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An education in culture, courtesy of Lady Gaga

In her first column for V magazine, Lady Gaga wrote, “Any writer, or anyone for that matter, who doesn’t understand the last two sentences of this column should NEVER be writing about or critiquing fashion or artists in publication.”

Here are those last two sentences (if we’re being technical, it’s actually three): “After weeks of writing this article, I ask out loud, ‘What do you think YSL would think of my metaphor about his collection?’ My darling hair designer, Frederic, replied, ‘You could ask Nan Kempner, but she’s dead.’ Now there’s a queen who never left home without her library card.”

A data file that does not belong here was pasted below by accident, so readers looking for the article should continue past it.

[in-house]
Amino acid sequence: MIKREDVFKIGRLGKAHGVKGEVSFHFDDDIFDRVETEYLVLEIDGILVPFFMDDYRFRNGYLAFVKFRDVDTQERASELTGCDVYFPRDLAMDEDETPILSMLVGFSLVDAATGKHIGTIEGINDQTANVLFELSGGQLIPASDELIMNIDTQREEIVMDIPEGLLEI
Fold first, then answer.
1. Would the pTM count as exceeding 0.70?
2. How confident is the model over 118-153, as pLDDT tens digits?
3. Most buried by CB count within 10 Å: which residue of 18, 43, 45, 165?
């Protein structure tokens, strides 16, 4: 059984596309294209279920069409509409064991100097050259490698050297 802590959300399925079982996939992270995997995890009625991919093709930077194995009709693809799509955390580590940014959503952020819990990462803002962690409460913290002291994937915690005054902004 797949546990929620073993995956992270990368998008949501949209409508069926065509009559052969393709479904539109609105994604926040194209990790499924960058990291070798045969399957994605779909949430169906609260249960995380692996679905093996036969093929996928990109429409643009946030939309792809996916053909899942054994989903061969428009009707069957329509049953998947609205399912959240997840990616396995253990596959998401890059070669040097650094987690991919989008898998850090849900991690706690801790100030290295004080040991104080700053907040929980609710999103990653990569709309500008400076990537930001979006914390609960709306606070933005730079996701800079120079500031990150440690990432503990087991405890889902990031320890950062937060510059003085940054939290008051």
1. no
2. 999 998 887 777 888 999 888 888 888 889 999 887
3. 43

I too am a queen who never leaves home without my library card, but up until writing this article, I had never heard of Nan Kempner. Good thing I don’t consider myself a writer or a critic; I’m just a word vomiter and a bitch. So sorry to disappoint, but I don’t think I’ll be resigning.

For all of you who aren’t snobby fashion savants, Nan Kempner was an iconic New York socialite with a penchant for couture, particularly YSL. Diana Vreeland, a former Vogue editor, once said, “There are no chic women in America. The one exception is Nan Kempner.” I’m sure Lady Gaga has an affinity for the late society queen, who, as a child, was told by her father, “You’ll never make it on your face, so you’d better be interesting."

Words, evidently, that Gaga lives by.

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